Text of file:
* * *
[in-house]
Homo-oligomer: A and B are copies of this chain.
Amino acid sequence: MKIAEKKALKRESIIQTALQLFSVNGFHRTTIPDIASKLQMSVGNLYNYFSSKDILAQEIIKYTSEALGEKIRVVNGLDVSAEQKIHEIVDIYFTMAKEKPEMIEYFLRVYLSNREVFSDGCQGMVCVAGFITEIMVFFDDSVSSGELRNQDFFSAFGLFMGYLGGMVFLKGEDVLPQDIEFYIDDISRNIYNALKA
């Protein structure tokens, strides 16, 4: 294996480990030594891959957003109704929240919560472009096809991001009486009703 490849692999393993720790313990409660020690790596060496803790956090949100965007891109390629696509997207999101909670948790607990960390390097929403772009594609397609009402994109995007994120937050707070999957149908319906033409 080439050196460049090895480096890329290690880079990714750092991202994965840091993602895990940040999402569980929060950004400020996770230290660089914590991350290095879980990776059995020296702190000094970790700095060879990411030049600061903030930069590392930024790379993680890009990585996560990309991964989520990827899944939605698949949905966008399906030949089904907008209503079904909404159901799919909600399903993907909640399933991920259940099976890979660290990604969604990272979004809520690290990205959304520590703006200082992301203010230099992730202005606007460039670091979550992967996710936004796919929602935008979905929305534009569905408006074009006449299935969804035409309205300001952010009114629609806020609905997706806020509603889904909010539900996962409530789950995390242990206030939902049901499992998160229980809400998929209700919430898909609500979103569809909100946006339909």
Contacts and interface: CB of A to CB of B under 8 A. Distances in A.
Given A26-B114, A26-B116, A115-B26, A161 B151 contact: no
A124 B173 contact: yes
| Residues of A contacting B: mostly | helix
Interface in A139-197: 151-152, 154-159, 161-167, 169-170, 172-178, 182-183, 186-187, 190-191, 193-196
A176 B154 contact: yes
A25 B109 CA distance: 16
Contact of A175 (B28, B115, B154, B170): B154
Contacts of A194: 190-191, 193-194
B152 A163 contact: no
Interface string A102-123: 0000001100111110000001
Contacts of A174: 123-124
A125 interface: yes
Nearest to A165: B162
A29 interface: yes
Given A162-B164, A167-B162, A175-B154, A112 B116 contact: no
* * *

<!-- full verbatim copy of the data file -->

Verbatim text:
[in-house]
Homo-oligomer: A and B are copies of this chain.
Amino acid sequence: MKIAEKKALKRESIIQTALQLFSVNGFHRTTIPDIASKLQMSVGNLYNYFSSKDILAQEIIKYTSEALGEKIRVVNGLDVSAEQKIHEIVDIYFTMAKEKPEMIEYFLRVYLSNREVFSDGCQGMVCVAGFITEIMVFFDDSVSSGELRNQDFFSAFGLFMGYLGGMVFLKGEDVLPQDIEFYIDDISRNIYNALKA
């Protein structure tokens, strides 16, 4: 294996480990030594891959957003109704929240919560472009096809991001009486009703 490849692999393993720790313990409660020690790596060496803790956090949100965007891109390629696509997207999101909670948790607990960390390097929403772009594609397609009402994109995007994120937050707070999957149908319906033409 080439050196460049090895480096890329290690880079990714750092991202994965840091993602895990940040999402569980929060950004400020996770230290660089914590991350290095879980990776059995020296702190000094970790700095060879990411030049600061903030930069590392930024790379993680890009990585996560990309991964989520990827899944939605698949949905966008399906030949089904907008209503079904909404159901799919909600399903993907909640399933991920259940099976890979660290990604969604990272979004809520690290990205959304520590703006200082992301203010230099992730202005606007460039670091979550992967996710936004796919929602935008979905929305534009569905408006074009006449299935969804035409309205300001952010009114629609806020609905997706806020509603889904909010539900996962409530789950995390242990206030939902049901499992998160229980809400998929209700919430898909609500979103569809909100946006339909």
Contacts and interface: CB of A to CB of B under 8 A. Distances in A.
Given A26-B114, A26-B116, A115-B26, A161 B151 contact: no
A124 B173 contact: yes
| Residues of A contacting B: mostly | helix
Interface in A139-197: 151-152, 154-159, 161-167, 169-170, 172-178, 182-183, 186-187, 190-191, 193-196
A176 B154 contact: yes
A25 B109 CA distance: 16
Contact of A175 (B28, B115, B154, B170): B154
Contacts of A194: 190-191, 193-194
B152 A163 contact: no
Interface string A102-123: 0000001100111110000001
Contacts of A174: 123-124
A125 interface: yes
Nearest to A165: B162
A29 interface: yes
Given A162-B164, A167-B162, A175-B154, A112 B116 contact: no